- inhibit your inflammation
- regulate your immune system
Where do these live stem cells come from?
We process the umbilical cord blood of healthy newborns. If a pregnant woman is not planning to keep her unborn child’s umbilical cord, she may choose to donate it. She’ll be asked to sign an informed consent form, followed by medical and social history reviews, as well as a blood test.
After a new mother meets all donor eligibility requirements and safely delivers her baby, the umbilical cord blood is collected in a sterile cord blood collection pouch and sent to a lab. The cord blood is processed within 48 hours using proprietary methods. A sample of the finished product is tested by an independent third party lab for sterility. The umbilical cord stem cells are distributed once the lab reports have passed mandatory regulatory requirements.
Are umbilical cord stem cells FDA approved?
The FDA recently confirmed there is only one registered and approved stem cell product on the market: umbilical cord blood-derived hematopoietic progenitor cells (blood forming stem cells) used for certain indications. While there is enormous promise in stem cell therapies, and thousands of ongoing experiments trying to establish efficacy, stem cell treatments do not yet meet the FDA’s scientific approval standard.
Practitioners tapping into this enormous promise of stem cells for any therapeutic use must exercise their professional judgment and expertise. We urge anyone embarking on the use of stem cell therapies to consult the national health data bases to evaluate current clinical trial information, and the FDA’s website on human tissue, to get its current therapy evaluations.
In 2018 the FDA’s commissioner and research director reported that the agency will be incorporating some “new concepts for how small investigators and firms can seek and meet the approval standard for products through efficient expedited pathways.” You can keep up with latest developments on the FDA’s website.
Is it normal to have an inflammatory response after my Injection?
It is not uncommon to have an inflammatory response after a stem cell injection. This is not because the body is rejecting the cells – it may actually be a positive sign that the live cells are working up a healing response.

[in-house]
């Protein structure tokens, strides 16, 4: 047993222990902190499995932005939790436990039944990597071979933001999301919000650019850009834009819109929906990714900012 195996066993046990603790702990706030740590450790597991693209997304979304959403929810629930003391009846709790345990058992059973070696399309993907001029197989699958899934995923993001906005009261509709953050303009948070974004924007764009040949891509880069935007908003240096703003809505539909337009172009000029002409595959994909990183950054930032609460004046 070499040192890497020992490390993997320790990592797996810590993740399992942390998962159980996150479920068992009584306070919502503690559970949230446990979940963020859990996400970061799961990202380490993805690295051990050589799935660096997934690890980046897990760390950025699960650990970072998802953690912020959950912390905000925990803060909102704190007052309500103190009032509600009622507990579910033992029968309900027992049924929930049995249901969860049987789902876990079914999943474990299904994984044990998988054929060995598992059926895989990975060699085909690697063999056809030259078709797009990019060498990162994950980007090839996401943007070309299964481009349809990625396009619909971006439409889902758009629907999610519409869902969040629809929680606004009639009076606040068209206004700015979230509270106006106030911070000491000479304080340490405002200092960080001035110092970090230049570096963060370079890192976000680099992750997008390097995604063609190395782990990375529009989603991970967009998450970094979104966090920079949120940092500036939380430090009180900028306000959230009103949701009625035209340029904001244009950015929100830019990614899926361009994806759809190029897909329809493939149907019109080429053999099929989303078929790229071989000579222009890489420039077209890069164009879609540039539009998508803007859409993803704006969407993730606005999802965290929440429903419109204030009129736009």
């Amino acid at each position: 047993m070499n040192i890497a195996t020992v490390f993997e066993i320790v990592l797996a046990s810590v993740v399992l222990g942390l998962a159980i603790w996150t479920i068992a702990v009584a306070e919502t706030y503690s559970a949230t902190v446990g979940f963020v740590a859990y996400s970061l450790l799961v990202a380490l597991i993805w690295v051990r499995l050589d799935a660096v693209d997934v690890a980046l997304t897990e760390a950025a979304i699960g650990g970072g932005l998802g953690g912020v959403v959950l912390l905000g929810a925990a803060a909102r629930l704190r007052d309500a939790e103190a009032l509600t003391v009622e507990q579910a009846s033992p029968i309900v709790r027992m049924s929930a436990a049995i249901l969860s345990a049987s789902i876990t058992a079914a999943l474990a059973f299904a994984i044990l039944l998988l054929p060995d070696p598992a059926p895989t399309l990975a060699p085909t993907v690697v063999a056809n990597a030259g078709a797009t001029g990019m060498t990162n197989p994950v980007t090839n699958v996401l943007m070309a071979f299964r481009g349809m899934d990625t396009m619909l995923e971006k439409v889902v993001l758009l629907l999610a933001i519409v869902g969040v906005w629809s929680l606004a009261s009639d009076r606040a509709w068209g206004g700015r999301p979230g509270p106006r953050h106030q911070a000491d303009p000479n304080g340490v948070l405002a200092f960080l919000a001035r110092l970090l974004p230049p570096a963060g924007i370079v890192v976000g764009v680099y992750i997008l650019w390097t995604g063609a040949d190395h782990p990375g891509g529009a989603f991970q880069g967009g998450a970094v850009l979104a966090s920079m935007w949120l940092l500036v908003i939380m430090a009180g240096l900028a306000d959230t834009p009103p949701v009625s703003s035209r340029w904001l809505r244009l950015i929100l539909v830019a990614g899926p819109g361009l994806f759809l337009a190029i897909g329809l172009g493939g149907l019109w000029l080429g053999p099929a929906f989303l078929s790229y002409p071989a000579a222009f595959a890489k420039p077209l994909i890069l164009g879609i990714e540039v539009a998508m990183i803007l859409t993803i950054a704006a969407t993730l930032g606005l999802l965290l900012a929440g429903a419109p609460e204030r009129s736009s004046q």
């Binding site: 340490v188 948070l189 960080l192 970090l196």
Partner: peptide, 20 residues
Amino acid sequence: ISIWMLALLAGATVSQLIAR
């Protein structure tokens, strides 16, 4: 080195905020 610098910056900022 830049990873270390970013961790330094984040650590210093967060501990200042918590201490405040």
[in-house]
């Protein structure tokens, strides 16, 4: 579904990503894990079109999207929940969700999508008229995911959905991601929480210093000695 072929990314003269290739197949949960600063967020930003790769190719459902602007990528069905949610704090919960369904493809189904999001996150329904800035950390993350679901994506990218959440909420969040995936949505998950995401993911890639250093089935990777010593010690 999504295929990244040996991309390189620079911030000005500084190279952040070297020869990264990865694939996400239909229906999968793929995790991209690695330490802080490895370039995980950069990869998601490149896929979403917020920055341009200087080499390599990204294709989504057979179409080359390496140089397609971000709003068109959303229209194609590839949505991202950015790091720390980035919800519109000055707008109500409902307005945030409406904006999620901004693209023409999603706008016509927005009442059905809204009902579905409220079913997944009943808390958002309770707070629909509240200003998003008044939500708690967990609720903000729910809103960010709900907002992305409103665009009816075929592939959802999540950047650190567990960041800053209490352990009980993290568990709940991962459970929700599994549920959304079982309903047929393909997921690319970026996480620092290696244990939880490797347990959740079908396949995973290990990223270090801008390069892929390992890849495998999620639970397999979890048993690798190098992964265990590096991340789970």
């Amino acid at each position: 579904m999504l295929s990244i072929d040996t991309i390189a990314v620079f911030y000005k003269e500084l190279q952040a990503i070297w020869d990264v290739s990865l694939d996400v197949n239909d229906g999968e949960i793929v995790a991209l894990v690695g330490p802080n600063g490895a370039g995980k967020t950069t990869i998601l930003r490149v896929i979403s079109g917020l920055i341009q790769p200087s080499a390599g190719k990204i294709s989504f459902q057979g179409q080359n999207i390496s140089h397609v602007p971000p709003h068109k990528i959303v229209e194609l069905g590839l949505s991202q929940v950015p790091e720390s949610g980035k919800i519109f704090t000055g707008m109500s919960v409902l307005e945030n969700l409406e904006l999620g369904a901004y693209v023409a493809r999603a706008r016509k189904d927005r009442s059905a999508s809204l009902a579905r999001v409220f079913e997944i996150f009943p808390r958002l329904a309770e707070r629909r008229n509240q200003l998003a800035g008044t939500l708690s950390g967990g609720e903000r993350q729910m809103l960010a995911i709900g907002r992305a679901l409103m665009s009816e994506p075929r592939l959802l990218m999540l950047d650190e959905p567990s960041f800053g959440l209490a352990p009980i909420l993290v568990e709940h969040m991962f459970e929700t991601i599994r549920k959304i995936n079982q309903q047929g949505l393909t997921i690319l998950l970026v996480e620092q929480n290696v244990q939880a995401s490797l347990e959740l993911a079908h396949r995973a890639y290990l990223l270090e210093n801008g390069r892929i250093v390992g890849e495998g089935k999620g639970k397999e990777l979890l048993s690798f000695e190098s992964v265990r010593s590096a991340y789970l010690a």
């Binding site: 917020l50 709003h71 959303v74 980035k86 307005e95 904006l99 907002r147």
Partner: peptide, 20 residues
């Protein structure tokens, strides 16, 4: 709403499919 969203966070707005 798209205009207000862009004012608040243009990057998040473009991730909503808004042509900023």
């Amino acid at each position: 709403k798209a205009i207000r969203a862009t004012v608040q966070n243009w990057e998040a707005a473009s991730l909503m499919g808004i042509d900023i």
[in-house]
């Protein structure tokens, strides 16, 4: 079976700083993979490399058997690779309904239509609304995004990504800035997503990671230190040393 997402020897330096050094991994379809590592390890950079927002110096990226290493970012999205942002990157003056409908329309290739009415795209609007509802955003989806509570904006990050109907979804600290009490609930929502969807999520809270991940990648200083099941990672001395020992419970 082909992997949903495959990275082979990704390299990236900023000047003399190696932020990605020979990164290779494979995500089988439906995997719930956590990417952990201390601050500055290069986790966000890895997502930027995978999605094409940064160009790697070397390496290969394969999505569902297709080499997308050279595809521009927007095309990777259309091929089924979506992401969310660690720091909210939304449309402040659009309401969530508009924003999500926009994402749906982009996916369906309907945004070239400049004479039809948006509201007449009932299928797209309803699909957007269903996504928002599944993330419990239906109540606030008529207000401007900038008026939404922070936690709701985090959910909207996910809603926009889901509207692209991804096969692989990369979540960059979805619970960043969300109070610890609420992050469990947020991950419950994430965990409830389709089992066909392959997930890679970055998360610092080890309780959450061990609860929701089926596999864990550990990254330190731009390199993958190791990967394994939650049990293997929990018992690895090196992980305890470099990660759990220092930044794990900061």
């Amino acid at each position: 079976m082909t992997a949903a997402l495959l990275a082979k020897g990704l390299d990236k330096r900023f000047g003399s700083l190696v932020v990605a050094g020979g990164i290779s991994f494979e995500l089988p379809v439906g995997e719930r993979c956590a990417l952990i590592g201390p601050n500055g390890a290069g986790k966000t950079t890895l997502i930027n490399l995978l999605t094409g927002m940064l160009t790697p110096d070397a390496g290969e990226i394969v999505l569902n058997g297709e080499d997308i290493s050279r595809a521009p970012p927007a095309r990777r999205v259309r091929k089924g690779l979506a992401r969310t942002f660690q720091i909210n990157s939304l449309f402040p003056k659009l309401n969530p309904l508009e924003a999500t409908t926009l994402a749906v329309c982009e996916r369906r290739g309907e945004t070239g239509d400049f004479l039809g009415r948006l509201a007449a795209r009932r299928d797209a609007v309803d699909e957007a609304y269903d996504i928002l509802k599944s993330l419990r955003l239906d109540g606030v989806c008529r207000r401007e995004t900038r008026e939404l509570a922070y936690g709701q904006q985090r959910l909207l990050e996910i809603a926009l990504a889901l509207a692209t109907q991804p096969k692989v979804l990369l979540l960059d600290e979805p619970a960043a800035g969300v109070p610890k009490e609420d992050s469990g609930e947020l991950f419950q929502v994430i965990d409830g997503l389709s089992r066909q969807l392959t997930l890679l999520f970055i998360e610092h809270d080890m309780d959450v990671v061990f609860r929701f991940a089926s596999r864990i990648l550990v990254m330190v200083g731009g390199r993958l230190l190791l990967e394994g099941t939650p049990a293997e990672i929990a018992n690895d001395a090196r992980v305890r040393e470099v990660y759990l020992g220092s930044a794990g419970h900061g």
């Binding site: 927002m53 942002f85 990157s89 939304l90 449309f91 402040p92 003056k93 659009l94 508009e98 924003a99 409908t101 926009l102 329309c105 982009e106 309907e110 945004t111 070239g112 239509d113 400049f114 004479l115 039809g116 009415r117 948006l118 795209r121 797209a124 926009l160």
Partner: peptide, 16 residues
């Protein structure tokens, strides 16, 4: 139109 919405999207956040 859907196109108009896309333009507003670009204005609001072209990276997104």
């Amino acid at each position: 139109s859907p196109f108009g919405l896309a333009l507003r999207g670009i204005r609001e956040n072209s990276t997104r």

The degree of inflammatory response to live-nucleated cells can vary based on:
- the levels of IL-6 within your joint or tissue
- the severity of damage and current inflammation in your joint
- PRP therapy in conjunction with stem cell injection increases the probability of inflammatory response
What is a common torn meniscus recovery time?
Usually pain relief begins immediately after treatment. Regeneration time varies depending on the severity of your injury and your ability to follow post treatment care, along with your rehabilitation program to strengthen affected areas.
What are the side effects of stem cell injections?
As with any injection procedure, there is a small risk of bacterial infection (not associated with the product) and nerve damage. If you experience severe pain, bleeding, or swelling at your injection site, or experience symptoms like fever, nausea, dizziness, or vomiting, seek emergency medical care right away.
Reserve your appointment today
A torn meniscus can cause intense pain, limping, and eventually, even osteoarthritis, which can dampen your enjoyment of life’s pleasures and adventures. Stem cell injection therapy may be able to help repair your tear, and reduce or eliminate your pain. To speak with a compassionate, highly trained stem cell injection specialist in Cambridge today, call (617) 315-2908 or contact Dr. Renee Moran online.
Boston Stem Cell and Regenerative Medicine Institute
Address97 Union St
Newton, MA 02459
By Appointment Only
5pm or later
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Thu: By Appointment Only Stem Cell treatments/services
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Areas We Service:Cambridge, MA, Concord, MA, Framingham, MA, Natick, MA, Somerville, MA, Waltham, MA, Weston, MA, Brookline, MA, Dedham, MA, Quincy, MA, Wellesley, MA, Westwood, MA, Boston, MA, Worcester, MA